The American Girls Revue is only part of the experience. Tucked neatly into a corner of the basement showroom, the theater is a girl-sized auditorium with plush red seats and a raked stage painted to look like a grassy field. There are nooks on either side for props and musicians. The intimacy of the design perfectly suits the script, which introduces eight girls in a contemporary American Girl club who perform stories from the books. The child performers are delightful, and the adult actors who step in as mothers, mean neighbors, and various relatives appear and disappear like magical storybook characters, lovingly assuring the girls center stage. Seven casts of girls rotate, so that everyone but the stage manager is working a relatively sane schedule and the performers remain fresh and enthusiastic.

The stories the characters act out will be familiar to any American Girl fan: Josefina (1824) embraces her dreams of being a healer, Addy (1864) escapes from slavery and begins her new life in Philadelphia, Kirsten (1854) befriends a Native American, Samantha (1904) follows her convictions and gives an honest speech about factory labor, Felicity (1774) frees a horse, and Molly (1944) welcomes her father home from World War II. These stories help the club members deal with homesickness, bratty sisters, and various other universal problems. The songs are rousing and sweet, especially the closing anthem, a lovely tribute to girls’ strength.

Children and parents in the audience sing along: “I can be brave, I can be true, I will do the best that I can do. And I can dream, I can dare, I can keep on trying if I really care. If I reach out, I can belong, I can be a friend, lend a helping hand so strong. I’ll sing with my own voice, the voice inside of me. And I will be the best that I can be.” Sounds a little hokey, I know, but I was surprised how moved I was by this affirmation of girlhood, a reflection of the freedom the feminist movement offered me when I was in college. Unfortunately that kind of affirmation is still a rarity, despite the changes that have freed women to make more choices in our lives–just a few years ago, a talking Barbie would happily announce, “Math is hard!” or “Let’s go shopping!”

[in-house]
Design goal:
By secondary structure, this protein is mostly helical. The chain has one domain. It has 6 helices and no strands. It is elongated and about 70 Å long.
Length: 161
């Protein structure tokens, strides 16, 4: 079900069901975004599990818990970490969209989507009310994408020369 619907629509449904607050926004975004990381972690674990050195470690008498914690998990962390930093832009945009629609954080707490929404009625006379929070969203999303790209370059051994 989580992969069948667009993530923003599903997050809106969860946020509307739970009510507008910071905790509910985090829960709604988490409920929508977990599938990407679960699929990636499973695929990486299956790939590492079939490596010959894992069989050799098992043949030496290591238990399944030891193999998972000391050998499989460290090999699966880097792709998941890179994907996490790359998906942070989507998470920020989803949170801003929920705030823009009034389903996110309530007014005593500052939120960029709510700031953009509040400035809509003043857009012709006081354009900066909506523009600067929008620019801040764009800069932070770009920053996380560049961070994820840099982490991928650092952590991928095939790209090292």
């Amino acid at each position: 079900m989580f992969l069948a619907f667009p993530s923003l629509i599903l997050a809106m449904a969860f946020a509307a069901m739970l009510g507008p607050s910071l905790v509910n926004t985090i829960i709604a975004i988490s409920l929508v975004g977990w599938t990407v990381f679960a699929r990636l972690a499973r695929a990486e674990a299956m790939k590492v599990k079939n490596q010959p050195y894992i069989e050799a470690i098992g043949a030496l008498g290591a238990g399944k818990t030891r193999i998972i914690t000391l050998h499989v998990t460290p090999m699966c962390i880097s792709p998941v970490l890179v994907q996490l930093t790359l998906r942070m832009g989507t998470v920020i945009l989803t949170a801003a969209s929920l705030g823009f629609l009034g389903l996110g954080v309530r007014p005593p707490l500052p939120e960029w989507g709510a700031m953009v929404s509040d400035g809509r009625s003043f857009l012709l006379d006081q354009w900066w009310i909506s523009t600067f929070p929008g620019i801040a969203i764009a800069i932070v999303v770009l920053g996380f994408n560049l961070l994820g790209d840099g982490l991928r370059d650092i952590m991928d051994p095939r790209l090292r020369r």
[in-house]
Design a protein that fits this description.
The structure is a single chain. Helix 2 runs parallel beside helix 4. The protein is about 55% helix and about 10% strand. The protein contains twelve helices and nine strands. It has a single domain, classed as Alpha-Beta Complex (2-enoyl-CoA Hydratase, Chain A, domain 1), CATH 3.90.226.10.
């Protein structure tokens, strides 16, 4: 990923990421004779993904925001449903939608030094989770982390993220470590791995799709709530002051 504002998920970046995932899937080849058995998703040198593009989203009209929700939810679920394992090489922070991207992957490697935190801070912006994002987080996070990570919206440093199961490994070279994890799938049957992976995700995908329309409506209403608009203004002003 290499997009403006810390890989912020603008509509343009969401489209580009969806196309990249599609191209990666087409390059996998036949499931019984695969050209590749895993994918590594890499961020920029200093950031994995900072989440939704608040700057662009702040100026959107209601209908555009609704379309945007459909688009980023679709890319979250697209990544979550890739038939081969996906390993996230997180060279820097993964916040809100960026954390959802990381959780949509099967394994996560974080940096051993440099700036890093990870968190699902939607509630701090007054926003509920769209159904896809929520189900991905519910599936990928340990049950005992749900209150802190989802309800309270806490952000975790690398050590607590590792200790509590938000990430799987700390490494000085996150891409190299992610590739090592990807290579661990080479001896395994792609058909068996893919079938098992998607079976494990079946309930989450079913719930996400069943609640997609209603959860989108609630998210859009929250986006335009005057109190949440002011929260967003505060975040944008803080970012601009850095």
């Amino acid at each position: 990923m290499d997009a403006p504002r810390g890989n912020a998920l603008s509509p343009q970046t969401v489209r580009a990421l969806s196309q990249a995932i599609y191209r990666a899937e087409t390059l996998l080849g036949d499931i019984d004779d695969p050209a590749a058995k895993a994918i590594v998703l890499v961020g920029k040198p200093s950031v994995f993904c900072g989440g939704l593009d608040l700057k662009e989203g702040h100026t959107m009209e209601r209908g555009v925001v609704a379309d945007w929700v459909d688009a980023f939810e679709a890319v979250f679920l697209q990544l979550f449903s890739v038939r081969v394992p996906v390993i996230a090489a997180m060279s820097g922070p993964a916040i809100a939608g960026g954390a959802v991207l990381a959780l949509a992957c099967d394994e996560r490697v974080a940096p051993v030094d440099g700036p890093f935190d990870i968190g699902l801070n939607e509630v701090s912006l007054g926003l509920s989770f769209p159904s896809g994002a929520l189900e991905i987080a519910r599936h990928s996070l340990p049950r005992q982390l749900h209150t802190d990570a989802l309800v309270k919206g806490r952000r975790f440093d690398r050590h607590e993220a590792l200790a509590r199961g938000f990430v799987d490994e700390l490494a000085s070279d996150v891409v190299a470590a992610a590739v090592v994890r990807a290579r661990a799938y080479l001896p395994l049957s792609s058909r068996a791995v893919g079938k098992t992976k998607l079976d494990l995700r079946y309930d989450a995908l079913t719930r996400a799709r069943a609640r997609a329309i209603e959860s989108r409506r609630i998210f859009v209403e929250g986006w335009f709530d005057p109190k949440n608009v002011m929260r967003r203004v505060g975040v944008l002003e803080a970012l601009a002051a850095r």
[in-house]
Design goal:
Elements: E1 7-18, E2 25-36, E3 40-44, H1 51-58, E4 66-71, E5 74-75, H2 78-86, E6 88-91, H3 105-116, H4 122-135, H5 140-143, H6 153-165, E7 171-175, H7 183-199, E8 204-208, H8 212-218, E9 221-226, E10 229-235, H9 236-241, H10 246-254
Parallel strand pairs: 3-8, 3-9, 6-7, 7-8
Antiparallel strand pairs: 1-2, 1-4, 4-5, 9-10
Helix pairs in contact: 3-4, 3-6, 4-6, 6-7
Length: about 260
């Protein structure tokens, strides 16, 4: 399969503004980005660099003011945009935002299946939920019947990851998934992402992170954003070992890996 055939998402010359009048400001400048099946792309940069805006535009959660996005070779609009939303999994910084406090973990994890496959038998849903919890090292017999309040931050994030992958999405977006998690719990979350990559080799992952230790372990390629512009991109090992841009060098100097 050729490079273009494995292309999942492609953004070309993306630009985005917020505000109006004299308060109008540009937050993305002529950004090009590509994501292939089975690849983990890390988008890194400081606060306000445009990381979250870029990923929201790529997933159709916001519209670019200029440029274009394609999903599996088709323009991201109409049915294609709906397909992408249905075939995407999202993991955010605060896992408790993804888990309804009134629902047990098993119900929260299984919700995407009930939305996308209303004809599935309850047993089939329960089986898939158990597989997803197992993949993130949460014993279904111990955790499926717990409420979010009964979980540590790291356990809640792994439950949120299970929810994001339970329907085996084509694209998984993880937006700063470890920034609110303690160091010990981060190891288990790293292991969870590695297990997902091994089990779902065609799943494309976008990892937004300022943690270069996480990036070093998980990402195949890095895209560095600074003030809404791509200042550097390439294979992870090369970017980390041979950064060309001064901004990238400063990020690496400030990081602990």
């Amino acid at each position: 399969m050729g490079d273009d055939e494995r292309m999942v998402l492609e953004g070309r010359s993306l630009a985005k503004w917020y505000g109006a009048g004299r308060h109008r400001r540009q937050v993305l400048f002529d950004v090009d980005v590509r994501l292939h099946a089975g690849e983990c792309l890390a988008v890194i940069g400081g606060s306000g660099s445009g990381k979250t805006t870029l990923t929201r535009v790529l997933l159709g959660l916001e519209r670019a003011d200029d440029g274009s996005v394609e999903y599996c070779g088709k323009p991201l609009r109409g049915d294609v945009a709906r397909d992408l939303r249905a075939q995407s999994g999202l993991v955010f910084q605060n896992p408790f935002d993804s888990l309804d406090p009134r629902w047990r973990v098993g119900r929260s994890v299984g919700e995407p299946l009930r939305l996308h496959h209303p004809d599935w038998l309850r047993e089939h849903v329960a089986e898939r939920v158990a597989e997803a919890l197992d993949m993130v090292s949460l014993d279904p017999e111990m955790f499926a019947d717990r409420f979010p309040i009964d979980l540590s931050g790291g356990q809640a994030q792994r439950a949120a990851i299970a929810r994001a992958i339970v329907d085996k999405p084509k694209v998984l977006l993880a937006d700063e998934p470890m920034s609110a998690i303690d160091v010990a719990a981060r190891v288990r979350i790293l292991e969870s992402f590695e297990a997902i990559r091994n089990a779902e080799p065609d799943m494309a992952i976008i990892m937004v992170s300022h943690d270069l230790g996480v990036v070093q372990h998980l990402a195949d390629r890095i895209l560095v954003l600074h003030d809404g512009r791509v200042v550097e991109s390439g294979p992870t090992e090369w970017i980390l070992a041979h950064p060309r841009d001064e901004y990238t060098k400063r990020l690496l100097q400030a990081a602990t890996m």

In short, there’s more to the show than a sales pitch. It’s good children’s theater, and if parents can afford the $25 ticket and keep their wallets tucked away as they pass through the store and cafe, the experience is pretty fabulous. Watching the show, I daydreamed about bringing my nieces to see it, then felt my bah-humbug impulse return when I toured the main showroom and tearoom after the play. I kept reminding myself of the dearth of decent toys for most children as I looked at the clothes and well-researched props for each doll and watched the salespeople and the guards talk respectfully to their child customers. The little girls happily clutched newly bought boxes of dolls, and the parents ordering shipments of doll accessories were usually smiling. Mothers and daughters sipped tea from little cups and ate pudding from tiny flower-shaped bowls in the polka-dot decor of the cafe, relishing their $18-a-head tea party. Everything was so nice. American Girl Place even has these beautiful dioramas for each doll, so girls can create their own little theaters with historically accurate backdrops.